Snakes shed their skins regularly to allow for growth and get rid of parasites.
Pictures of these creatures shedding their envelope come often to mind when I see standard BIM model evaluation diagrams presented, showing how a design model will turn into a construction and then FM model.
I value the illustrator’s point behind the concept.
Any BIM struggles with similar issues as the snakes, however I think it should do better than emulate these vertebrae shedding their entire covers on a periodic basis.
The ideal BIM should behave more humanlike, discard and renew its cells like we do with our skin or hair.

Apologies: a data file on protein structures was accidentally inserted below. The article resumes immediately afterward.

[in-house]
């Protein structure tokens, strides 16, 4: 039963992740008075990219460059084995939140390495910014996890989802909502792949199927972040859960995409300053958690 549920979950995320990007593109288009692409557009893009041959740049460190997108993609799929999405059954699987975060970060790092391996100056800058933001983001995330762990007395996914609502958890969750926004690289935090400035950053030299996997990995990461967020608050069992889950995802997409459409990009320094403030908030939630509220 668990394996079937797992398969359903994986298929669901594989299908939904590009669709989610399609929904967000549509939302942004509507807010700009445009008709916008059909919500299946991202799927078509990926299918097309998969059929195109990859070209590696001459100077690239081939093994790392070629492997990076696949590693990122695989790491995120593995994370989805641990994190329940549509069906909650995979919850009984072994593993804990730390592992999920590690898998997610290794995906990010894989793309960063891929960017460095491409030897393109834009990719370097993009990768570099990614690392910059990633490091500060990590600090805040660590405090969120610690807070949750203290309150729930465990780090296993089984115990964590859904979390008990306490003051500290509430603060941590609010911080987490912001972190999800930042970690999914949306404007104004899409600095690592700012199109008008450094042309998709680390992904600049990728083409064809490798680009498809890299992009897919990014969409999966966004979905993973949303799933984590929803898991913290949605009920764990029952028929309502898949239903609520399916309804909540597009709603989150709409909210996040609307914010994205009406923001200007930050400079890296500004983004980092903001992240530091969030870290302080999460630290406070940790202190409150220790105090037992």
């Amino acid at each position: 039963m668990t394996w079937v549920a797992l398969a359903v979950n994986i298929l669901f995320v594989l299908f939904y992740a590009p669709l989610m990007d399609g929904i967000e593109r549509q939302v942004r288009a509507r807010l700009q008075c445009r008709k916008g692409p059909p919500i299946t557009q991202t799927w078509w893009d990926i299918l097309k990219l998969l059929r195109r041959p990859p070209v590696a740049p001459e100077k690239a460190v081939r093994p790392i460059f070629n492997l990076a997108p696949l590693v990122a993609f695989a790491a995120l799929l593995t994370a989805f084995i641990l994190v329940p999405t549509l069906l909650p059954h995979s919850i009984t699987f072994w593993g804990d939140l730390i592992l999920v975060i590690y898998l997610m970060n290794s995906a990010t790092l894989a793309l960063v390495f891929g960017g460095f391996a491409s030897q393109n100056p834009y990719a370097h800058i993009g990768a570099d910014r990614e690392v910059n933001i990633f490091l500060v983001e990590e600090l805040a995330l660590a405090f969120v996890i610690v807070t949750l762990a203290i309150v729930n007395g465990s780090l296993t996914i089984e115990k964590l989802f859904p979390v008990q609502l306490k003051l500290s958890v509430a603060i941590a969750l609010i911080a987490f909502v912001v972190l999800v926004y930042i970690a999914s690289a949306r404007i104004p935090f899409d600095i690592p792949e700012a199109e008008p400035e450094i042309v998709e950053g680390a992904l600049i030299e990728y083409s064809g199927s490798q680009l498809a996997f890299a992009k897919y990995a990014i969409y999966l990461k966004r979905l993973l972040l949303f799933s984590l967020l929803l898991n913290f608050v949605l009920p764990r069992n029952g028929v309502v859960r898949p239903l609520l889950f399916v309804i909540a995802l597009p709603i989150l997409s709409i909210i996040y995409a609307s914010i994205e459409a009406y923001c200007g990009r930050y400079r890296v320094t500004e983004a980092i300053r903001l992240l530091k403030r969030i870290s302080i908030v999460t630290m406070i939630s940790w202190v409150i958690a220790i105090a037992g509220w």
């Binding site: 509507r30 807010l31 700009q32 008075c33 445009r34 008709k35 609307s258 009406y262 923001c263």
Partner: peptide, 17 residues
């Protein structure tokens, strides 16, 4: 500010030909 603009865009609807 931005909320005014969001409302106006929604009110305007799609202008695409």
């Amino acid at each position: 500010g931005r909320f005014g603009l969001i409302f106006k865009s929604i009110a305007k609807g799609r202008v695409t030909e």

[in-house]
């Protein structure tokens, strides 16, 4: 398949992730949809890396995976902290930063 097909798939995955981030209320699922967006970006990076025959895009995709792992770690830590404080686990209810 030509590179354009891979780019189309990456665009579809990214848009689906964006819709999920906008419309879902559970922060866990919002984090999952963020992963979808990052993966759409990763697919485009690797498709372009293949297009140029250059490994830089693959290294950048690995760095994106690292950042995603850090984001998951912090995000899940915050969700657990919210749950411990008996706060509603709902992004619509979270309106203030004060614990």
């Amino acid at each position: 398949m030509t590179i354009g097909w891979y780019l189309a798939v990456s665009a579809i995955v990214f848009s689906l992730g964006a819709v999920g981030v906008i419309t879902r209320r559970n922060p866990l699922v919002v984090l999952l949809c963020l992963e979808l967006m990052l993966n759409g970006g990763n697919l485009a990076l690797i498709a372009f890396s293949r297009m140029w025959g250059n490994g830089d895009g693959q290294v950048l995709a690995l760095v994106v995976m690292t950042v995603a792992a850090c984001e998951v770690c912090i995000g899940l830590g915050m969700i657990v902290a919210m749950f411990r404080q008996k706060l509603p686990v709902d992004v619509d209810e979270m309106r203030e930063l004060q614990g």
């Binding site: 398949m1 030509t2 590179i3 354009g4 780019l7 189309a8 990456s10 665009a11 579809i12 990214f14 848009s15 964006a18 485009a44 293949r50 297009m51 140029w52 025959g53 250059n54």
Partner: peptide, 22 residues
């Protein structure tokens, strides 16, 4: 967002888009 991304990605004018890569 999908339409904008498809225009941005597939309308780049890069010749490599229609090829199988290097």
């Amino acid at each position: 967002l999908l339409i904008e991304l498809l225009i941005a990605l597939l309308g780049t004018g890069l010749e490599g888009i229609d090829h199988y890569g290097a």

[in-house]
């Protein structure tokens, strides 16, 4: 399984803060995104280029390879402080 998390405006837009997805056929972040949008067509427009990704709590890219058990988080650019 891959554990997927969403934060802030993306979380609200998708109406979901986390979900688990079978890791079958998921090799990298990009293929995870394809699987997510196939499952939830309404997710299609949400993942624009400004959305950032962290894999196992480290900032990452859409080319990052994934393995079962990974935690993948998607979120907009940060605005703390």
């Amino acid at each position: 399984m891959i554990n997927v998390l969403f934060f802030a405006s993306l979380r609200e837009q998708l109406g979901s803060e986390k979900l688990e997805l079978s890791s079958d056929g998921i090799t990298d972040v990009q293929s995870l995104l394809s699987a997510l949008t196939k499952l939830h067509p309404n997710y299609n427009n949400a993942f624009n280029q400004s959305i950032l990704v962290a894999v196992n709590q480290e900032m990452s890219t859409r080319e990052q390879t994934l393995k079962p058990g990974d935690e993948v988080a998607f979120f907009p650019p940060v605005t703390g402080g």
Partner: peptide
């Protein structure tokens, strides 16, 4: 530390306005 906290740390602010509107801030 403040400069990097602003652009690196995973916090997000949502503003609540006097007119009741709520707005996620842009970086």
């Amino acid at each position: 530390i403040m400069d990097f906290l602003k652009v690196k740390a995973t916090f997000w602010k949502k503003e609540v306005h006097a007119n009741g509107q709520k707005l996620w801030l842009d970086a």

A progressive development, not appreciated in real time, unseen by the naked eye.
Not that there are no stages identifiable, like milestones in our growing up (getting our first teeth, reaching or passing teenage-hood etc). These could and should be easily recognised within the BIM lifecycle but we should strive also to maintain a fluid-framework of gradual changes.
On the other hand, one should not be overly demanding.
When a project uniformly signs up to a snake-like BIM, it is still a significant progress.
Specially if compared to the prevailing perception that so many in the industry hold of BIM.
The vision of an utopistic world where BIM models are born once and stay unchanged throughout the life of the project.